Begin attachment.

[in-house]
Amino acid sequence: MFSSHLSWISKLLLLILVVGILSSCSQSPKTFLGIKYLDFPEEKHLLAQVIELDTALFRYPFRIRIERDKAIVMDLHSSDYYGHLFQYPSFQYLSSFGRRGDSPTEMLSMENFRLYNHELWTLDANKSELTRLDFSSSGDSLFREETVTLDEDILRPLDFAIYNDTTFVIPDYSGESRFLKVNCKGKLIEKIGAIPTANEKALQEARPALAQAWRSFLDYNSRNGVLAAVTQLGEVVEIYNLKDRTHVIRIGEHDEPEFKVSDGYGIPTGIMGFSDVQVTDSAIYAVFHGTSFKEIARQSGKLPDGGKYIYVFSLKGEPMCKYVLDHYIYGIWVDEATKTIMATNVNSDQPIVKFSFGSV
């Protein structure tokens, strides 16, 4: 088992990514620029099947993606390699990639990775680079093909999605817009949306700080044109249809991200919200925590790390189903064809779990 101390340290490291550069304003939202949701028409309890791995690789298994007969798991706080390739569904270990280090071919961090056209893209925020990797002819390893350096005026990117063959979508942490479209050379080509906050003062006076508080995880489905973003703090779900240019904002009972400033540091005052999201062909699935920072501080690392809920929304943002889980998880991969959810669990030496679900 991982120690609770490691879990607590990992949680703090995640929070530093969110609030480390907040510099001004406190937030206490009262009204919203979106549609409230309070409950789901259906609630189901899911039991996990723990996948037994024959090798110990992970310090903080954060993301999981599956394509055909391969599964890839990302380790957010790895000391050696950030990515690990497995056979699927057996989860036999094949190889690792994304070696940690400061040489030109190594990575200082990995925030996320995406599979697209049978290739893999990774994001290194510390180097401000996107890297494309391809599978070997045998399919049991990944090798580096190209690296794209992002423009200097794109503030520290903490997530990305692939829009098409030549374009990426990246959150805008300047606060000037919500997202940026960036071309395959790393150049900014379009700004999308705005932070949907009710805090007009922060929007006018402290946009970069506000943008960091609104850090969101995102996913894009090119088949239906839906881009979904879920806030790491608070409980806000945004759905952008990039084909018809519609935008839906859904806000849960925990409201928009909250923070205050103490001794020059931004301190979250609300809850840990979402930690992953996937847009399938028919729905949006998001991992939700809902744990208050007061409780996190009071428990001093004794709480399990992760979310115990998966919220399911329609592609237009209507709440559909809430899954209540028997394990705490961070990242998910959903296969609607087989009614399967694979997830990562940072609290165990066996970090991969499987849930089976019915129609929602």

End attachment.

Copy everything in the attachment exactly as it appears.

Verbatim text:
[in-house]
Amino acid sequence: MFSSHLSWISKLLLLILVVGILSSCSQSPKTFLGIKYLDFPEEKHLLAQVIELDTALFRYPFRIRIERDKAIVMDLHSSDYYGHLFQYPSFQYLSSFGRRGDSPTEMLSMENFRLYNHELWTLDANKSELTRLDFSSSGDSLFREETVTLDEDILRPLDFAIYNDTTFVIPDYSGESRFLKVNCKGKLIEKIGAIPTANEKALQEARPALAQAWRSFLDYNSRNGVLAAVTQLGEVVEIYNLKDRTHVIRIGEHDEPEFKVSDGYGIPTGIMGFSDVQVTDSAIYAVFHGTSFKEIARQSGKLPDGGKYIYVFSLKGEPMCKYVLDHYIYGIWVDEATKTIMATNVNSDQPIVKFSFGSV
């Protein structure tokens, strides 16, 4: 088992990514620029099947993606390699990639990775680079093909999605817009949306700080044109249809991200919200925590790390189903064809779990 101390340290490291550069304003939202949701028409309890791995690789298994007969798991706080390739569904270990280090071919961090056209893209925020990797002819390893350096005026990117063959979508942490479209050379080509906050003062006076508080995880489905973003703090779900240019904002009972400033540091005052999201062909699935920072501080690392809920929304943002889980998880991969959810669990030496679900 991982120690609770490691879990607590990992949680703090995640929070530093969110609030480390907040510099001004406190937030206490009262009204919203979106549609409230309070409950789901259906609630189901899911039991996990723990996948037994024959090798110990992970310090903080954060993301999981599956394509055909391969599964890839990302380790957010790895000391050696950030990515690990497995056979699927057996989860036999094949190889690792994304070696940690400061040489030109190594990575200082990995925030996320995406599979697209049978290739893999990774994001290194510390180097401000996107890297494309391809599978070997045998399919049991990944090798580096190209690296794209992002423009200097794109503030520290903490997530990305692939829009098409030549374009990426990246959150805008300047606060000037919500997202940026960036071309395959790393150049900014379009700004999308705005932070949907009710805090007009922060929007006018402290946009970069506000943008960091609104850090969101995102996913894009090119088949239906839906881009979904879920806030790491608070409980806000945004759905952008990039084909018809519609935008839906859904806000849960925990409201928009909250923070205050103490001794020059931004301190979250609300809850840990979402930690992953996937847009399938028919729905949006998001991992939700809902744990208050007061409780996190009071428990001093004794709480399990992760979310115990998966919220399911329609592609237009209507709440559909809430899954209540028997394990705490961070990242998910959903296969609607087989009614399967694979997830990562940072609290165990066996970090991969499987849930089976019915129609929602």